Renewal or Bright Friday (Friday Following Pascha)

Outside of the city of Constantinople, towards the district of the Seven Towers, there was in ancient times a very large and most beautiful church named in honor of the Theotokos; it had been built about the middle of the 5th century by the Emperor Leo the Great (also called "Leo of Thrace," he is commemorated on January 20th). Before he became Emperor, he had encountered there a blind man, who being tormented with thirst asked him to help him find water. Leo felt compassion for him and went in search of a source of water but found none.

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"The Kingdom of Heaven is Likened Unto a Certain King"

When God formed man with free will, He deigned to make careful provision for him so that, by using his freedom rightly, he would incline not towards evil, but towards the good. From the very beginning He made him in His own image and likeness (Generation 1:26), that looking towards his good archetype, man might not fall away from goodness, and God might thereafter justly show him, as His own image, the riches of His likeness to a greater extent than He would to the rest of His creatures.

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Sermon of St. John Chrystotom on the Resurrection of Our Lord and Savior Jesus Christ

Whosoever is a devout lover of God, let him enjoy the beautiful bright Festival. And whosoever is a grateful servant, let him rejoice and enter into the joy of his Lord. And if any be weary with fasting, let him now receive his penny. If any have toiled from the first hour, let him receive his due reward. If any have come after the third hour, let him with gratitude join in the Feast. And he that arrived after the sixth hour, let him not doubt; for he too shall sustain no loss. And if any have delayed to the ninth hour, let him not hesitate, but let him come too.

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Saint Kassiani the Hymnographer and Poet

At Bridegroom Orthros (Matins) on Great and Holy Tuesday evening, the Church chants the following beautiful and inspiring hymn written by Saint Kassiani:

"O Lord, the woman who had fallen into many sins, perceiving Thy Divinity, fulfilled the part of a myrrh-bearer; and with lamentations she brought sweet-smelling oil of myrrh to Thee before Thy burial. 'Woe is me,' she said, 'for night surrounds me, dark and moonless, and stings my lustful passion with the love of sin. Accept the fountain of my tears, O Thou Who drawest down from the clouds the waters of the sea. Incline to the groanings of my heart, O Thou Who in Thine ineffable self-emptying hast bowed down the heavens. I shall kiss Thy Most Pure feet and wipe them with the hairs of my head, those feet whose sound Eve heard at dusk in Paradise and hid herself for fear. Who can search out the multitude of my sins and the abyss of Thy judgments, O Savior of my soul? Despise me not, Thine handmaiden, for Thou hast mercy without measure."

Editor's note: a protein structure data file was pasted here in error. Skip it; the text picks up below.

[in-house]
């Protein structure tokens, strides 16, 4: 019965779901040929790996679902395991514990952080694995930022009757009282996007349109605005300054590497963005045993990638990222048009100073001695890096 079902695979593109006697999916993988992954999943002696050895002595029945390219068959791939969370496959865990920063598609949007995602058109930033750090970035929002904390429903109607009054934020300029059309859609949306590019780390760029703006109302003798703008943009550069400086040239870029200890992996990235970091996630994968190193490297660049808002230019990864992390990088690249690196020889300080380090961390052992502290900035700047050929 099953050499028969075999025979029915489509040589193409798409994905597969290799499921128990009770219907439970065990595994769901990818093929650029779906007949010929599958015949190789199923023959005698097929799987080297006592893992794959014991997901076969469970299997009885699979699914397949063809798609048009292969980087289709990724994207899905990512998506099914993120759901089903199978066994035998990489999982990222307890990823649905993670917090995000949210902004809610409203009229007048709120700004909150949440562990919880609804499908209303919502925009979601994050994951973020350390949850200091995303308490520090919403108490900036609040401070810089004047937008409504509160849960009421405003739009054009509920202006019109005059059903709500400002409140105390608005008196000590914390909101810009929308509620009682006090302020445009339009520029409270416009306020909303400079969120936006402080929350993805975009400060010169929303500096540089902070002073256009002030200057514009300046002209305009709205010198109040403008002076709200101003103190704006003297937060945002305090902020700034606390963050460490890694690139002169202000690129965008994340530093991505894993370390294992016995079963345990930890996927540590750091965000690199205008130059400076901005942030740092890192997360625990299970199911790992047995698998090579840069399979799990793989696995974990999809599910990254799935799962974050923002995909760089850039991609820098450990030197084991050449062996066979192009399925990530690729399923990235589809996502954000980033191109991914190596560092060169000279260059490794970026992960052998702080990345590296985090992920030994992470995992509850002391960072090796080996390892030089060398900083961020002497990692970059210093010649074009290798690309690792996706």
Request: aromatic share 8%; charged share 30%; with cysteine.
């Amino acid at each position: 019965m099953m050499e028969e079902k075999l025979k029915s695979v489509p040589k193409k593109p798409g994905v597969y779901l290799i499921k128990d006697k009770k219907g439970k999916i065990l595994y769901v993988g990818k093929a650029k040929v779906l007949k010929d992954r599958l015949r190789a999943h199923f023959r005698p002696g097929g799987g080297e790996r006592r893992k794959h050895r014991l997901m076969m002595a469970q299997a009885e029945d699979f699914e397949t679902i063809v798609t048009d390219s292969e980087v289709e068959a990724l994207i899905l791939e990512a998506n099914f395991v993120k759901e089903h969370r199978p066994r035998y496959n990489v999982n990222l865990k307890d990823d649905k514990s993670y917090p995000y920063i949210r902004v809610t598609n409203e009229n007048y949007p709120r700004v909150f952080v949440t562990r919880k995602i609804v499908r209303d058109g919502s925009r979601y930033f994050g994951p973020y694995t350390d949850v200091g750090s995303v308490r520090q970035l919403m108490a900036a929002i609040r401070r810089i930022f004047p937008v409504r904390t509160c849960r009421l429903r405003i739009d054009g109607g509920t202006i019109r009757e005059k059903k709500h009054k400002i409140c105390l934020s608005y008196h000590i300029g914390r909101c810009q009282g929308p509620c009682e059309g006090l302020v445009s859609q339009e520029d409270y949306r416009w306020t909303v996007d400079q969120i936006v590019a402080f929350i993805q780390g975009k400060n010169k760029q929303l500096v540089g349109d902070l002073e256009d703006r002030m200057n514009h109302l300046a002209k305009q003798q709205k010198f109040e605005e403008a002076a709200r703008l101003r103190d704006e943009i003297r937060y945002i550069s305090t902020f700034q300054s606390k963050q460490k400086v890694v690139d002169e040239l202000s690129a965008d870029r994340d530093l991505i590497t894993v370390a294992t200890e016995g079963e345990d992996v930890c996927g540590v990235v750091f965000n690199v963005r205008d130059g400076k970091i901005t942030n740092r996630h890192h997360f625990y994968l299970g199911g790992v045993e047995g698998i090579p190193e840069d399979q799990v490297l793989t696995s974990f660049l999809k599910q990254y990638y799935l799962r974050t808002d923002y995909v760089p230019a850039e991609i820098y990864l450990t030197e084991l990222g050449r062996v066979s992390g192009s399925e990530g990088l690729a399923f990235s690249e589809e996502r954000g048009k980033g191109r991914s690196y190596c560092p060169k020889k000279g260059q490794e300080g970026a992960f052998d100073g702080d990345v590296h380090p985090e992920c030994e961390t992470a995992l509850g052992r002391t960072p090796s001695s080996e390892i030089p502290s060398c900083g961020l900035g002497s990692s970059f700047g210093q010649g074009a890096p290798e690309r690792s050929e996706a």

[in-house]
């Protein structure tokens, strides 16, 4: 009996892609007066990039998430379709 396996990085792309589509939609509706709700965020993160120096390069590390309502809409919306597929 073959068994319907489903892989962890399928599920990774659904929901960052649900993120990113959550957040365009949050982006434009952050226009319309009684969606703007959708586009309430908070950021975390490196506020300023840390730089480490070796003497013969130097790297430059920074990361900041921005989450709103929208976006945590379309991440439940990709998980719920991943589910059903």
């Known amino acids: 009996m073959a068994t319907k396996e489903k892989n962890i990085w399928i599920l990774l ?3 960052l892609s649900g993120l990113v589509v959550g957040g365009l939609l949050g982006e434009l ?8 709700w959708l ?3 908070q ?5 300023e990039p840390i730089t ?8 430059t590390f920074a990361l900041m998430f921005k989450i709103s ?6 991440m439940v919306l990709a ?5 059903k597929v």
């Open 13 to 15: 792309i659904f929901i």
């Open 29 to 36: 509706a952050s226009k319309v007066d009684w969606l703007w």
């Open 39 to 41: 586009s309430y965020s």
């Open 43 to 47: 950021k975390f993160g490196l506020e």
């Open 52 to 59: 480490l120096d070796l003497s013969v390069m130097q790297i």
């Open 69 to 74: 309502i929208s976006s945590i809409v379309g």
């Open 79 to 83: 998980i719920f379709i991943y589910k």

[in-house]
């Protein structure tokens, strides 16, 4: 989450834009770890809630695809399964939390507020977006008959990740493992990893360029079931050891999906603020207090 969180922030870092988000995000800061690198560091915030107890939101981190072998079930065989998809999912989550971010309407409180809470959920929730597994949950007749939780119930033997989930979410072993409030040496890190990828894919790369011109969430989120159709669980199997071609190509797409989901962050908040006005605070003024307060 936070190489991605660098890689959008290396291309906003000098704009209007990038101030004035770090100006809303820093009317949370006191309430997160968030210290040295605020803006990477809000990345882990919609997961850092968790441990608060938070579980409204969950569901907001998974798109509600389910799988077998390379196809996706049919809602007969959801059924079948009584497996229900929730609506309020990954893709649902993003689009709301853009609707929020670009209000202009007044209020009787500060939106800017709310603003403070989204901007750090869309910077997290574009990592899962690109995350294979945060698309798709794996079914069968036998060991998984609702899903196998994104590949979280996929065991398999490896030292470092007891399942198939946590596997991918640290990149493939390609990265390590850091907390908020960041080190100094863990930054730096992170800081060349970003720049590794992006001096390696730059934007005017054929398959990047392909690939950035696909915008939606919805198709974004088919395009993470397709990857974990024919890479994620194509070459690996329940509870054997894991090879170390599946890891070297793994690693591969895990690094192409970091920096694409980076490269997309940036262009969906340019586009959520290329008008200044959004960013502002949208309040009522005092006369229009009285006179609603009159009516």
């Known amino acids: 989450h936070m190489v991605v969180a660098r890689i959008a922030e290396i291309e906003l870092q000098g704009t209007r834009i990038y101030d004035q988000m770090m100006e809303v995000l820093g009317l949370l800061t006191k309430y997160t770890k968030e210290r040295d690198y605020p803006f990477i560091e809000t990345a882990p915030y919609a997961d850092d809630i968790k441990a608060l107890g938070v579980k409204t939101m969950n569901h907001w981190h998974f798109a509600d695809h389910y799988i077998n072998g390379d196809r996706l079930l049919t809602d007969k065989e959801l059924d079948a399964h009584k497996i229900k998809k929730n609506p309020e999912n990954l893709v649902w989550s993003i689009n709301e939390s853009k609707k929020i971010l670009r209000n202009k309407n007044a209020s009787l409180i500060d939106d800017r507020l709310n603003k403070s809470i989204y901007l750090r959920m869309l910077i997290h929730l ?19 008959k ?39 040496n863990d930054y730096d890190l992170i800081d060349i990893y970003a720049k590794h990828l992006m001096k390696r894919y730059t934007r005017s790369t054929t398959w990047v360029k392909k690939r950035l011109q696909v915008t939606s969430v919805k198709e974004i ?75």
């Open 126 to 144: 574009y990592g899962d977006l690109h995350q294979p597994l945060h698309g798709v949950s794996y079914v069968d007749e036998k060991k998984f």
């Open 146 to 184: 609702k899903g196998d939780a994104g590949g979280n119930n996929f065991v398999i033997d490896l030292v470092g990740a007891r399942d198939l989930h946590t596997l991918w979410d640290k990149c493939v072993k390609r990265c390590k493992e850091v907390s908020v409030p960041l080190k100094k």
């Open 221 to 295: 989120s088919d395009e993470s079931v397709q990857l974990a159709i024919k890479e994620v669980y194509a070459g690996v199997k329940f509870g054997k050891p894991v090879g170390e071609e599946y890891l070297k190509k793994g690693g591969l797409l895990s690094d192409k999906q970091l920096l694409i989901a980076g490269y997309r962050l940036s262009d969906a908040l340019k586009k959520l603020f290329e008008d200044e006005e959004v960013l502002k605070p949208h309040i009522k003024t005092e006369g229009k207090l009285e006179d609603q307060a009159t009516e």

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"Behold the Bridegroom Cometh in the Midst of the Night..." (Part II)

Behold the Bridegroom cometh in the midst of the night, and blessed is the servant whom He shall find watching; and again unworthy is he whom He shall find heedless. Beware, therefore, O my soul, lest thou be borne down with sleep, lest thou be given up to death, and lest thou be shut out from the Kingdom. Wherefore rouse thyself and cry: Holy, Holy, Holy art Thou, our God, through the procession of the Heavenly Hosts save us.

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"Behold the Bridegroom Cometh in the Midst of the Night..." (Part I)

Behold the Bridegroom cometh in the midst of the night, and blessed is the servant whom He shall find watching; and again unworthy is he whom He shall find heedless. Beware, therefore O my soul, lest thou be borne down with sleep, lest thou be given up to death, and lest thou be shut out from the Kingdom. Wherefore rouse thyself and cry: Holy, Holy, Holy art Thou, our God, Through the protection of the Heavenly Hosts save us.

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